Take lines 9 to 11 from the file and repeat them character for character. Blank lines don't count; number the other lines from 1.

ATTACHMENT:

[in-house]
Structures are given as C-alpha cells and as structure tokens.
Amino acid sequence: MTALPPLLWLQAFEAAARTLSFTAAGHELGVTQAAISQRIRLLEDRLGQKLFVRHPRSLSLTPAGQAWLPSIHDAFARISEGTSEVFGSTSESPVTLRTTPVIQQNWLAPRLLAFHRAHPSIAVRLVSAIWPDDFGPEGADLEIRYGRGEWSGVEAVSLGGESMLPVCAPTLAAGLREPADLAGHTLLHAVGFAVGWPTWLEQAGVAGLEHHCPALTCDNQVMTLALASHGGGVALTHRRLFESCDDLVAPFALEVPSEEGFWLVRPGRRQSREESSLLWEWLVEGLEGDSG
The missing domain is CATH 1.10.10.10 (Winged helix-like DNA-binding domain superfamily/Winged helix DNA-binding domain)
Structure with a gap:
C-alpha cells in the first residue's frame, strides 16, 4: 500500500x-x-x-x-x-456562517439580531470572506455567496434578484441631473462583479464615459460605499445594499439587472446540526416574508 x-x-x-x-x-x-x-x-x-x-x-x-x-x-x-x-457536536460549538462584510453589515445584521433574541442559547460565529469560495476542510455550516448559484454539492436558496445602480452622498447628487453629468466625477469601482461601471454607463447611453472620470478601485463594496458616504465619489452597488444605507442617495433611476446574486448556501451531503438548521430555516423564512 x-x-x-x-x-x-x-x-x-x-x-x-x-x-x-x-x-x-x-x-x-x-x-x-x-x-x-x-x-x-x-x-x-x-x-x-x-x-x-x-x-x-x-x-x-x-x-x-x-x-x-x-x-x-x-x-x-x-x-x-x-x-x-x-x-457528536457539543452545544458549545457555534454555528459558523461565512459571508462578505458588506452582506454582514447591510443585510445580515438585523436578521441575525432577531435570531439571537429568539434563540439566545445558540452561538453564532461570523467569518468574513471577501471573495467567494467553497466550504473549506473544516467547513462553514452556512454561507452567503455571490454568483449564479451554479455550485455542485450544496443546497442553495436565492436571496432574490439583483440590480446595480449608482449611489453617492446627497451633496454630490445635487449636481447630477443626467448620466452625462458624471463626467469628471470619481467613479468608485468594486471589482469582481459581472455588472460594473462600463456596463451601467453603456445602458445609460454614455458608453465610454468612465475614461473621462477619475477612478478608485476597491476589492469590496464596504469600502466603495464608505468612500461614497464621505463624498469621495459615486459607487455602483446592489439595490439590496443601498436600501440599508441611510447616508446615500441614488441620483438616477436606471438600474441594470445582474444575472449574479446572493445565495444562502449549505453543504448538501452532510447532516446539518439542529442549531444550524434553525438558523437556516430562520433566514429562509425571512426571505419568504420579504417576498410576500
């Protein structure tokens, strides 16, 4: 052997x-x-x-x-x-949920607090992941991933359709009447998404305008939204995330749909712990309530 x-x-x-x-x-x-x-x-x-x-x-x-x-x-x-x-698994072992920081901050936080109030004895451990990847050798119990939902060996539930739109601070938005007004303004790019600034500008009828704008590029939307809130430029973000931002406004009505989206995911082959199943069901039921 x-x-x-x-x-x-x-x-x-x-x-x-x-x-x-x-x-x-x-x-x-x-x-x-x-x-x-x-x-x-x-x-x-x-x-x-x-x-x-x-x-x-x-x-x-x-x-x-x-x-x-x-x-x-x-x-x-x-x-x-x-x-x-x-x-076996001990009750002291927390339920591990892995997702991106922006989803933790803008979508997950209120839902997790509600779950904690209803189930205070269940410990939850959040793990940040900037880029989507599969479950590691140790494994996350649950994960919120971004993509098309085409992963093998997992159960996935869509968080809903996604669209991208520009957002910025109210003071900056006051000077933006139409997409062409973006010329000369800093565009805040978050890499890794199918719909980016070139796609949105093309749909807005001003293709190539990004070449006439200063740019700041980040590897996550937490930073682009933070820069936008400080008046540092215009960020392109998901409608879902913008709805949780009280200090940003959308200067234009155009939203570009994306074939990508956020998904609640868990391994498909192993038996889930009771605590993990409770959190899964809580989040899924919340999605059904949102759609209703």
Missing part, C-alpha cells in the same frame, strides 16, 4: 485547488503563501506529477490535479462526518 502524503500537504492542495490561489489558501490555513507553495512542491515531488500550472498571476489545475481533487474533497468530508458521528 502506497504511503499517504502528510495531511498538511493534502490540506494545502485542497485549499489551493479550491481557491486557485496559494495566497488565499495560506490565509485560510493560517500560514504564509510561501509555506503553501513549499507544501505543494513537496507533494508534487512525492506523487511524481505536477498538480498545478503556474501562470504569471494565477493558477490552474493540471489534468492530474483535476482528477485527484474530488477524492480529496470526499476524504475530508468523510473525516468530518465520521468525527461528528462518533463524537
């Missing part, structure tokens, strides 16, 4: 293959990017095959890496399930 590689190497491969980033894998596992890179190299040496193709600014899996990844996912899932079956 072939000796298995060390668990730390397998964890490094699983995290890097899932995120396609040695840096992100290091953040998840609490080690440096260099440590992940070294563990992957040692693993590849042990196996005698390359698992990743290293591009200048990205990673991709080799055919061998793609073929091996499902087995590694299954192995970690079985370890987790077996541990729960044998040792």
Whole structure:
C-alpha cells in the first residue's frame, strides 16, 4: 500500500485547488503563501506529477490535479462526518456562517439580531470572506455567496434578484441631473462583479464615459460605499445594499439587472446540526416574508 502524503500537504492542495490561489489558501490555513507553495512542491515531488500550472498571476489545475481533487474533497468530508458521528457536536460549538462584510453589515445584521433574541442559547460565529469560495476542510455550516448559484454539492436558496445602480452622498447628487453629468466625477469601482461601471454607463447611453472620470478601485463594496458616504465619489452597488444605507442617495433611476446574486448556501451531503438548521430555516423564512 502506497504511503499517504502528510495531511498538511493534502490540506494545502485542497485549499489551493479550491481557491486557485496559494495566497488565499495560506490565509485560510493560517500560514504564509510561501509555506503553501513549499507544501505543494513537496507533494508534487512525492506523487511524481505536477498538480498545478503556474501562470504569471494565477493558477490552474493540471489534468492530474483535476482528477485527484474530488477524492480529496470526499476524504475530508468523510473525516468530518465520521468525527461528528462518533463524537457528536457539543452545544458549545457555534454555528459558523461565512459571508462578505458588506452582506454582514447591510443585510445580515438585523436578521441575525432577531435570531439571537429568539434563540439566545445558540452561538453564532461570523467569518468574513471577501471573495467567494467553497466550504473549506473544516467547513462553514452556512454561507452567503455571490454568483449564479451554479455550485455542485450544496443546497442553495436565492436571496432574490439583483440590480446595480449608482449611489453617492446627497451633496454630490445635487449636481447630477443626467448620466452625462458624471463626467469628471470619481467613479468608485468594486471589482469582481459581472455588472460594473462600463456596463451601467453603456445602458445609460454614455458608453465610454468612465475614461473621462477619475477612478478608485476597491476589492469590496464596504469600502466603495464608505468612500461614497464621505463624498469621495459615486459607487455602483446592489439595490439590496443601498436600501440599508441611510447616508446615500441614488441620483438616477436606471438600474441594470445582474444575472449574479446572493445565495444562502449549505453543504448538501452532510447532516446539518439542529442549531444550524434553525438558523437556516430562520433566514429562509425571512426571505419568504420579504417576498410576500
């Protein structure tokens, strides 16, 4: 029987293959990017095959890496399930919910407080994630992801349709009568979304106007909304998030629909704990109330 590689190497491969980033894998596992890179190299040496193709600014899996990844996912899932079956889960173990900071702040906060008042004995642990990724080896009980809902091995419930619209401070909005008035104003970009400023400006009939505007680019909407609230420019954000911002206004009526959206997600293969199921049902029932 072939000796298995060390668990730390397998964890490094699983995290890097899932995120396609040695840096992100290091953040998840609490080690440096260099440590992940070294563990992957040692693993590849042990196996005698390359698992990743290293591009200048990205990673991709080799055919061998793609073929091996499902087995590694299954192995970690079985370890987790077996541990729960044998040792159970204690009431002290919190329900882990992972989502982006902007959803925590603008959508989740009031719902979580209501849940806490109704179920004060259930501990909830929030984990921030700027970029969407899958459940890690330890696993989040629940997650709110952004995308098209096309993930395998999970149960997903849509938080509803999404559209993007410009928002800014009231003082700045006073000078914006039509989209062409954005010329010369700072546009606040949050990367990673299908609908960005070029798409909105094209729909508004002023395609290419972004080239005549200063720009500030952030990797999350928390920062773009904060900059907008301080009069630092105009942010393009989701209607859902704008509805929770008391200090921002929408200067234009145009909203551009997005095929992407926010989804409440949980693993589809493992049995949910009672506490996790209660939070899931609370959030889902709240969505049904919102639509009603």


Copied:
């Missing part, structure tokens, strides 16, 4: 293959990017095959890496399930 590689190497491969980033894998596992890179190299040496193709600014899996990844996912899932079956 072939000796298995060390668990730390397998964890490094699983995290890097899932995120396609040695840096992100290091953040998840609490080690440096260099440590992940070294563990992957040692693993590849042990196996005698390359698992990743290293591009200048990205990673991709080799055919061998793609073929091996499902087995590694299954192995970690079985370890987790077996541990729960044998040792």
Whole structure:
C-alpha cells in the first residue's frame, strides 16, 4: 500500500485547488503563501506529477490535479462526518456562517439580531470572506455567496434578484441631473462583479464615459460605499445594499439587472446540526416574508 502524503500537504492542495490561489489558501490555513507553495512542491515531488500550472498571476489545475481533487474533497468530508458521528457536536460549538462584510453589515445584521433574541442559547460565529469560495476542510455550516448559484454539492436558496445602480452622498447628487453629468466625477469601482461601471454607463447611453472620470478601485463594496458616504465619489452597488444605507442617495433611476446574486448556501451531503438548521430555516423564512 502506497504511503499517504502528510495531511498538511493534502490540506494545502485542497485549499489551493479550491481557491486557485496559494495566497488565499495560506490565509485560510493560517500560514504564509510561501509555506503553501513549499507544501505543494513537496507533494508534487512525492506523487511524481505536477498538480498545478503556474501562470504569471494565477493558477490552474493540471489534468492530474483535476482528477485527484474530488477524492480529496470526499476524504475530508468523510473525516468530518465520521468525527461528528462518533463524537457528536457539543452545544458549545457555534454555528459558523461565512459571508462578505458588506452582506454582514447591510443585510445580515438585523436578521441575525432577531435570531439571537429568539434563540439566545445558540452561538453564532461570523467569518468574513471577501471573495467567494467553497466550504473549506473544516467547513462553514452556512454561507452567503455571490454568483449564479451554479455550485455542485450544496443546497442553495436565492436571496432574490439583483440590480446595480449608482449611489453617492446627497451633496454630490445635487449636481447630477443626467448620466452625462458624471463626467469628471470619481467613479468608485468594486471589482469582481459581472455588472460594473462600463456596463451601467453603456445602458445609460454614455458608453465610454468612465475614461473621462477619475477612478478608485476597491476589492469590496464596504469600502466603495464608505468612500461614497464621505463624498469621495459615486459607487455602483446592489439595490439590496443601498436600501440599508441611510447616508446615500441614488441620483438616477436606471438600474441594470445582474444575472449574479446572493445565495444562502449549505453543504448538501452532510447532516446539518439542529442549531444550524434553525438558523437556516430562520433566514429562509425571512426571505419568504420579504417576498410576500